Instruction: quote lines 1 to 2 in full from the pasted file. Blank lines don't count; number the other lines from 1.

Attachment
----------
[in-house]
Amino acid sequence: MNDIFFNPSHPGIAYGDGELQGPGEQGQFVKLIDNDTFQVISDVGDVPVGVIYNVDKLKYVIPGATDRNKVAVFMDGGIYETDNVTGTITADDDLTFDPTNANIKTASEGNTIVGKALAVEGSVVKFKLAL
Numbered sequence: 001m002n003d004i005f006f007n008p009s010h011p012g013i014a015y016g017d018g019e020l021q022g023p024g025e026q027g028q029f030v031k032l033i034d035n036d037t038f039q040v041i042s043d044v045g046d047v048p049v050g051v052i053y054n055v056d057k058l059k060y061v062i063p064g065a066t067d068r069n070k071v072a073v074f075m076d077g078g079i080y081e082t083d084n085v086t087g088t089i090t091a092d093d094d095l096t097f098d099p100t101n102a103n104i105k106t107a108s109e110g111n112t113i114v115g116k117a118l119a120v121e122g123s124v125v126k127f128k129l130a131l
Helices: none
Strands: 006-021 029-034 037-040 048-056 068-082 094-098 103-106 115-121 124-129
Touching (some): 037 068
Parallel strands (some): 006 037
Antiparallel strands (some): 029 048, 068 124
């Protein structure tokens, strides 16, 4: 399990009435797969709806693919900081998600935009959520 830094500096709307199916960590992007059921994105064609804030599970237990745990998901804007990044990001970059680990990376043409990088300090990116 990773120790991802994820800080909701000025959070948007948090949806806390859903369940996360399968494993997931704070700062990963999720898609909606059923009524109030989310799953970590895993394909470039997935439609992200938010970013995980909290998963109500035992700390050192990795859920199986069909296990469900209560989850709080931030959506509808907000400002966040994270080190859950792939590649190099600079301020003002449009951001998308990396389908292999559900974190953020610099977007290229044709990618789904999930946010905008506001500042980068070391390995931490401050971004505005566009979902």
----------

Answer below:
[in-house]
Amino acid sequence: MNDIFFNPSHPGIAYGDGELQGPGEQGQFVKLIDNDTFQVISDVGDVPVGVIYNVDKLKYVIPGATDRNKVAVFMDGGIYETDNVTGTITADDDLTFDPTNANIKTASEGNTIVGKALAVEGSVVKFKLAL